We developed a new method based on a combination of the a local density analysis and a real-time propagation density functional theory (p-TDDFT) at the linear response regime that enable to determine the electronic excitation properties such as the transition dipole moments and transition densities. Besides, we proofed that this method is useful to compute the exciton coupling in complex systems. This method and its implementation in the OCTOPUS code have been published in peer-review journal. In addition, we have worked (and still going on) on a new way to determine molecular excitation spectra using machine learning techniques such as Kernel Ridge Regression and Deep Neural Networks.

Besides within the frame of another collaboration with Berkeley University, we have provide a mid-temperature synthesis of backbone-substituted polycylic aromatic hydrocarbons (PAH). Our DFT calculations demonstrated the plausible reaction mechanisms proving an energy barrier of less than 0.6 eV, in good agreement with the experimental values. The results of this grateful collaboration will soon published in a high impact peer-review journal.

During the reported period of the project, the Researcher has exploited its result by the following ways:
Papers:
Four peer-reviewed scientific publications: 2 published and 2 submitted. Besides, 3 more research papers are in preparation and we plan to submit them during the 2020 year.
Contributions in two conferences:
Oral contribution to the ""Theoretical Chemistry and Computational Modeling: 20 years promoting Excellence in Science (20TCCM)"" , May 30, 2019 to June 01, 2019, Donostia-San Sebastián (SPAIN). Talk title: ""Transition Density Formulation from TDDFT Enables Exciton Coupling Calculations in Large Systems”.
Poster contribution to ""HANDS-ON DFT AND BEYOND: HIGH-THROUGHPUT SCREENING AND BIG-DATA ANALYTICS, TOWARDS EXASCALE COMPUTATIONAL MATERIALS SCIENCE” August 26th to September 6th, 2019, Barcelona, Spain. Poster title: ""Predicting molecular conformers using Machine Learning""
Codes:
All codes developed by the Researcher are under the GNU General Public License, and are publicly available at:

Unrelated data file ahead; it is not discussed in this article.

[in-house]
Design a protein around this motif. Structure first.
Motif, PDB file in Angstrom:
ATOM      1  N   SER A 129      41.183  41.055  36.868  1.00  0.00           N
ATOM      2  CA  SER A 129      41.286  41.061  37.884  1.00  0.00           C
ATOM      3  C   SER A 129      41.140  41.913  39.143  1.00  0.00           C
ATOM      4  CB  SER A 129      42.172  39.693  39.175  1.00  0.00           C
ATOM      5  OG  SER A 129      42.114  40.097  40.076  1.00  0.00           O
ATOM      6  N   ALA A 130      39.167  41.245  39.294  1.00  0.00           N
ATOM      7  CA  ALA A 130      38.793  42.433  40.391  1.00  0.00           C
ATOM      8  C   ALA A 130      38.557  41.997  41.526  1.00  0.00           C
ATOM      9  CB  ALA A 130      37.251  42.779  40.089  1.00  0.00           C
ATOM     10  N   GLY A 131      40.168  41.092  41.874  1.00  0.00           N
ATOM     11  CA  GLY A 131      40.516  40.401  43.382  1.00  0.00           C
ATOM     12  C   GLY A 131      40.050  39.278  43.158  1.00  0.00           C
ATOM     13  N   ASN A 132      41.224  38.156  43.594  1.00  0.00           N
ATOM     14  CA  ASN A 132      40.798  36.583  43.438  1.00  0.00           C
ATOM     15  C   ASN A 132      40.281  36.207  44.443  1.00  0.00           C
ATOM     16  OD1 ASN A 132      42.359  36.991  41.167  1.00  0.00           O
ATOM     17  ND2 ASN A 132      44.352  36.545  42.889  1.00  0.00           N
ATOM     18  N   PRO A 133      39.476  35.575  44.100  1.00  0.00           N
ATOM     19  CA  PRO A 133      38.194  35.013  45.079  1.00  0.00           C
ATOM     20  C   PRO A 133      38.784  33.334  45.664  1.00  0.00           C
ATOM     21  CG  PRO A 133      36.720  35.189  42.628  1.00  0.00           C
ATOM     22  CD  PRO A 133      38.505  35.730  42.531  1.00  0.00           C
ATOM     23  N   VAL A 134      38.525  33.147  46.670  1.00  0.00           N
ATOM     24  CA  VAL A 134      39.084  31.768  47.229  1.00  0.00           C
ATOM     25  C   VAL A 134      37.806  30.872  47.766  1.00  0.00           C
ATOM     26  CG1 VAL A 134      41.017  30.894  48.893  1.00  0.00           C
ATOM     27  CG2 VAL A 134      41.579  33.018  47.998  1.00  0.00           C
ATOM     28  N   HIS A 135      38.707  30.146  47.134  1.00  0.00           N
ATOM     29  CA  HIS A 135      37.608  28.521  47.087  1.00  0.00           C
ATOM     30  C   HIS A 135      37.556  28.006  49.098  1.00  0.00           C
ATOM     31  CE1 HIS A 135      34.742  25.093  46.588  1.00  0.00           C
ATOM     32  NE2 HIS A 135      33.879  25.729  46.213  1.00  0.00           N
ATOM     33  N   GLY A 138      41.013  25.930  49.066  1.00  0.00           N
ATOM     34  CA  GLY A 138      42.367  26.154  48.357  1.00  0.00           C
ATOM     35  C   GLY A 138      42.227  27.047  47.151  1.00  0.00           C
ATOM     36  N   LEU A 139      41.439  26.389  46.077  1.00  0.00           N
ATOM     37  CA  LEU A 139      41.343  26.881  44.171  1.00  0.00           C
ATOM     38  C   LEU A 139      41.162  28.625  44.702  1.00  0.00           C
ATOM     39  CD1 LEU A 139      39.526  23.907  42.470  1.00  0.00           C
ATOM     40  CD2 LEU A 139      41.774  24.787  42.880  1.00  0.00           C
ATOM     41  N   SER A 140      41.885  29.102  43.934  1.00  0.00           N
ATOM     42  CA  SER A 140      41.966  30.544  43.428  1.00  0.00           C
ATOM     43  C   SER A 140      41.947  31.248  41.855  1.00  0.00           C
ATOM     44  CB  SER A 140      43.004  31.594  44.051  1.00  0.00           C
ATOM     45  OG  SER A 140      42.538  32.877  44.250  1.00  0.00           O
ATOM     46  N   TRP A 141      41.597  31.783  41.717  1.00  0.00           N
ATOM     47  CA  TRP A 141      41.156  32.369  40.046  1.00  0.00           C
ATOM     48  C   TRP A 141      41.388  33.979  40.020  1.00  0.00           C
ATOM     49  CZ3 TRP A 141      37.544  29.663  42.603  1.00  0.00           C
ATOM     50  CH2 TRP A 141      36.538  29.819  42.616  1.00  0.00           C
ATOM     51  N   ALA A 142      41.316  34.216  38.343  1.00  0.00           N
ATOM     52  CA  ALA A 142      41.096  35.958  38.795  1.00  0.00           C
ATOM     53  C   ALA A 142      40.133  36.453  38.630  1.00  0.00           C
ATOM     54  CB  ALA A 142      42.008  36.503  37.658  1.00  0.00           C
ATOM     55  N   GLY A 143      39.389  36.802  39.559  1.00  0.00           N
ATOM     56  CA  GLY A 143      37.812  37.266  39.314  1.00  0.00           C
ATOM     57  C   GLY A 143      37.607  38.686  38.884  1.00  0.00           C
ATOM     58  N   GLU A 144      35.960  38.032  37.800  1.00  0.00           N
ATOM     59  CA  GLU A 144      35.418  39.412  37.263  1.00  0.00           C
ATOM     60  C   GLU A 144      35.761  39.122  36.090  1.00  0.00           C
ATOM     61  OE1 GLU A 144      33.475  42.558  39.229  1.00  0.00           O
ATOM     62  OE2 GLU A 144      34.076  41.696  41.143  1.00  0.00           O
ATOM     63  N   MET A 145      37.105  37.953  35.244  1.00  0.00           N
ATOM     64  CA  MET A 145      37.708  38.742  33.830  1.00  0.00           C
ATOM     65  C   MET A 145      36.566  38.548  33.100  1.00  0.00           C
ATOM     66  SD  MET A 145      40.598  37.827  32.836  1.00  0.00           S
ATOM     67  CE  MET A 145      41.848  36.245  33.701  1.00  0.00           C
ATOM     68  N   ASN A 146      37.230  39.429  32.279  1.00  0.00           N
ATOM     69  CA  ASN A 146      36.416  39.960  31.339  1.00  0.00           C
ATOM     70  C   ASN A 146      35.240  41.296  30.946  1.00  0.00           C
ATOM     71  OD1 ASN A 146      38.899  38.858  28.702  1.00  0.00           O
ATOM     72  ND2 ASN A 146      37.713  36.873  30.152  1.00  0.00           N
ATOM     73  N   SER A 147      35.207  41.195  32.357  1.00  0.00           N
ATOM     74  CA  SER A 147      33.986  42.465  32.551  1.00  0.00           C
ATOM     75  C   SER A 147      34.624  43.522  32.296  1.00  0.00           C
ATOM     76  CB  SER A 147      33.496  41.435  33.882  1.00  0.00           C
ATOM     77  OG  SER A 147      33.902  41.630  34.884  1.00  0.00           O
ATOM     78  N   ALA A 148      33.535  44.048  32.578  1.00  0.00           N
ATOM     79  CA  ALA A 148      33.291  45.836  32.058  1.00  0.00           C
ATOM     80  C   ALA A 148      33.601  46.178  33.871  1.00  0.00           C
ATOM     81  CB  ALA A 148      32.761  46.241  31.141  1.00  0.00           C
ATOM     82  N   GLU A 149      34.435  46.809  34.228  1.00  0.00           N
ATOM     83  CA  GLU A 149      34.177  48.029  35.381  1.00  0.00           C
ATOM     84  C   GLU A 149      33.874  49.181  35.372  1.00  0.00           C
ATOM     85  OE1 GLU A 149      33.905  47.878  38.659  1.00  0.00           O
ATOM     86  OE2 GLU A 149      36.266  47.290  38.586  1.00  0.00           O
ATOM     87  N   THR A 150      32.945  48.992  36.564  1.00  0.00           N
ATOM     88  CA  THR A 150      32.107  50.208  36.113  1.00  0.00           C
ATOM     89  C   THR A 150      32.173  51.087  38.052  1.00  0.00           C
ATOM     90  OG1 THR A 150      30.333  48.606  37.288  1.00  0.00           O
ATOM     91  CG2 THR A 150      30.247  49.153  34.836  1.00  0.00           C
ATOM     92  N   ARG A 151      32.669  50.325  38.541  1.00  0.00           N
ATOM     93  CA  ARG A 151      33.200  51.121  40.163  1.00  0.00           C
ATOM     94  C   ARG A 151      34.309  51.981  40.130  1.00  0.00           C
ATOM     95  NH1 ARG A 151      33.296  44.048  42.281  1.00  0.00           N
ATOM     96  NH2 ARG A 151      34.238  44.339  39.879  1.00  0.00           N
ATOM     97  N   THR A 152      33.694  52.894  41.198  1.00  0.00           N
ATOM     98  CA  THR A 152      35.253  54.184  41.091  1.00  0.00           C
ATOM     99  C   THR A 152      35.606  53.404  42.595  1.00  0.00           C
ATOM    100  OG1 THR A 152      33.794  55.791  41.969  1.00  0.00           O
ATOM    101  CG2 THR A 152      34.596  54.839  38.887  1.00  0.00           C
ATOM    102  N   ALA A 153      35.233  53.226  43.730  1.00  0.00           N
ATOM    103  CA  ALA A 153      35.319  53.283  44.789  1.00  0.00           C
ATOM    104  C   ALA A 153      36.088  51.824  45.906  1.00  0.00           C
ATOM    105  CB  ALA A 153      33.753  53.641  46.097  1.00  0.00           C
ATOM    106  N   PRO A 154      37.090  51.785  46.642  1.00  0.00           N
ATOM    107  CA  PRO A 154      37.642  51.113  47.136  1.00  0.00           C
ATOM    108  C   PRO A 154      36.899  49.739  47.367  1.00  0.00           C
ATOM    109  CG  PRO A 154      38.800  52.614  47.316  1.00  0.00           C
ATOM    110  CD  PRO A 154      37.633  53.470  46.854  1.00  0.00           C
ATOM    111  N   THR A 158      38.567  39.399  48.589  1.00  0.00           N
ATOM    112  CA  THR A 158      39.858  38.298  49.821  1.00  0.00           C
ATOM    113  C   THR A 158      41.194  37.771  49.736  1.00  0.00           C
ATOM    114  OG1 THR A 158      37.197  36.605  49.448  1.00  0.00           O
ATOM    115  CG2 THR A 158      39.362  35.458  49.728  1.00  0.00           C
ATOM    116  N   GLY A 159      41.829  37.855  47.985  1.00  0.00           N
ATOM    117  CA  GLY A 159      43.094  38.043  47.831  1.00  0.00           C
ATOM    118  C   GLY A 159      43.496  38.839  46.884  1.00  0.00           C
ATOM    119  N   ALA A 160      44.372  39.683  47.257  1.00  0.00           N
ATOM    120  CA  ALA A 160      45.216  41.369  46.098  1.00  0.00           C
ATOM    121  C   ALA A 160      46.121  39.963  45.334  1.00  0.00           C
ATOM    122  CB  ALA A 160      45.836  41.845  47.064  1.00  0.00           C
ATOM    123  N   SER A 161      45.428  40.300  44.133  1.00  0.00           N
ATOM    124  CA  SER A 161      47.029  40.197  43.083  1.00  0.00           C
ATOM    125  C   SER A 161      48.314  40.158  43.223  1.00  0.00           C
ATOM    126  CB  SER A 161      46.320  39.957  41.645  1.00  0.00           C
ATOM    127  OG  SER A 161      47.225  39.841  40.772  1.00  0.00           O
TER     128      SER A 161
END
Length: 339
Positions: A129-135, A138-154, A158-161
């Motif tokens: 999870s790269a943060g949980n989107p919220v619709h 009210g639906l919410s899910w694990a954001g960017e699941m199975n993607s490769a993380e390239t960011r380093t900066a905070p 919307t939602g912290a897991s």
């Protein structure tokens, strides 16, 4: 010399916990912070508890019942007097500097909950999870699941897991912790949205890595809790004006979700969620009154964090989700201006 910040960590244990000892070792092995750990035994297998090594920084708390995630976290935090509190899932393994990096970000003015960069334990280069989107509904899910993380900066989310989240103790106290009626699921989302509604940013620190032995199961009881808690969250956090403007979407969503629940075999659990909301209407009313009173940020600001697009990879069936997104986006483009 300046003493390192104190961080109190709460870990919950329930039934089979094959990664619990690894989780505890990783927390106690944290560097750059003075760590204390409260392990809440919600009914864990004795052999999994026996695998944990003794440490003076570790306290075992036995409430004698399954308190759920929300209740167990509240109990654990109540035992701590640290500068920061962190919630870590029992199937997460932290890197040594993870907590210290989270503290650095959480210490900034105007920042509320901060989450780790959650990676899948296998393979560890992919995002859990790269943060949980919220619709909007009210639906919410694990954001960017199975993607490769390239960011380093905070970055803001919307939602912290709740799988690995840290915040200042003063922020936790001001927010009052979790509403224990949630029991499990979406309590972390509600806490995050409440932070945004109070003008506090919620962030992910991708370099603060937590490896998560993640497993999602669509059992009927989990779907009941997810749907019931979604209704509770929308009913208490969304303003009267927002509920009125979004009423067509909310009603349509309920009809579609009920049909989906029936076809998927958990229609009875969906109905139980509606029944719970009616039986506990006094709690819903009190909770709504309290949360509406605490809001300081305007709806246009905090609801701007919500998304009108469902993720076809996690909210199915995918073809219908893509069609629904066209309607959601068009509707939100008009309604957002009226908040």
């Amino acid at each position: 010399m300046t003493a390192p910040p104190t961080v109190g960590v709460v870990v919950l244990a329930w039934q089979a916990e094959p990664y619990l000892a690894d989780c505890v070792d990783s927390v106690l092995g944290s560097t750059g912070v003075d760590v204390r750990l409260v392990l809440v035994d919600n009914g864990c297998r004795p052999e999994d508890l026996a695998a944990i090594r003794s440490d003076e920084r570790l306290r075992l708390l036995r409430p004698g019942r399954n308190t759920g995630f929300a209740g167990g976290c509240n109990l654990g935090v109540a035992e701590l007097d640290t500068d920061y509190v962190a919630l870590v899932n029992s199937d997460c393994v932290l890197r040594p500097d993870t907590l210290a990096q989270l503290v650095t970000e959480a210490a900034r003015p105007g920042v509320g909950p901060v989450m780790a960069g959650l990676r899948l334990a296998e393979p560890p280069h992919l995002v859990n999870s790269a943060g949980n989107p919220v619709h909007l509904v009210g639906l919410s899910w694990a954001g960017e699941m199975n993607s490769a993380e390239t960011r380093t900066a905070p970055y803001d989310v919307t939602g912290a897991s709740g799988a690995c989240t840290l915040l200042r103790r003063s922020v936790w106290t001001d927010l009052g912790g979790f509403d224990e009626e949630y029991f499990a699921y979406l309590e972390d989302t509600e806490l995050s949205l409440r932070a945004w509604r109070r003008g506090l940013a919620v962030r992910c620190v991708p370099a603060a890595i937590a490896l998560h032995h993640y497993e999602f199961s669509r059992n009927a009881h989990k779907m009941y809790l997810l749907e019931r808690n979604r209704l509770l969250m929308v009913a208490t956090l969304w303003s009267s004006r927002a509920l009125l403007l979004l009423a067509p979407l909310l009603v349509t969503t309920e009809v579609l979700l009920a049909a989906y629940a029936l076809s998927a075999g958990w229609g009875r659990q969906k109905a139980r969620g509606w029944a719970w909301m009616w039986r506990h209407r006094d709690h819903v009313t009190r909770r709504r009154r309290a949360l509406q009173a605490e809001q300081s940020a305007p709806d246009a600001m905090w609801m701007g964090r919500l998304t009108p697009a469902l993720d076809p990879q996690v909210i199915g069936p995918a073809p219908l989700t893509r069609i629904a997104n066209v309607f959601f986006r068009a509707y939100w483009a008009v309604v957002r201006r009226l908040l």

- Octopus Code : https://gitlab.com/octopus-code/octopus
- QuantumLight - The Game :https://gitlab.com/qjornet/quantumlight-game (still in preparation)
Besides, all calculations performed during the reported period have been or will be uploaded to the ab-initio calculation repository of NOMAD (NOvel MAterial Discovery Lab)."
Although the project has finished before the expected date, we went beyond the state-of-the art of this field by determining for the first time the charge separated phase (low temperature) at atomic level.
This will also help the collaborator experimentalist group which could not resolve the X-ray structure because of the instabilities issues with the sample and radiation.
Besides, we have shown the crucial role the on-site electron repulsion takes on the charge separation and hence on the electronic behaviour as insulator/conductor.
The new formulation for the computation of electronic transition properties from real-time TDDFT calculation and its implementation will enable future research to determine excitonic coupling effects on photo-sensible materials, not only in extended systems but also for biological molecular complex.
The project is in a good progress and it will require the characterization of the electron - vibrational coupling and the analysis of the excitation dynamics to fully characterize the PIPT process and determine its control factors.
Graphical representation of the methodology developed during the project period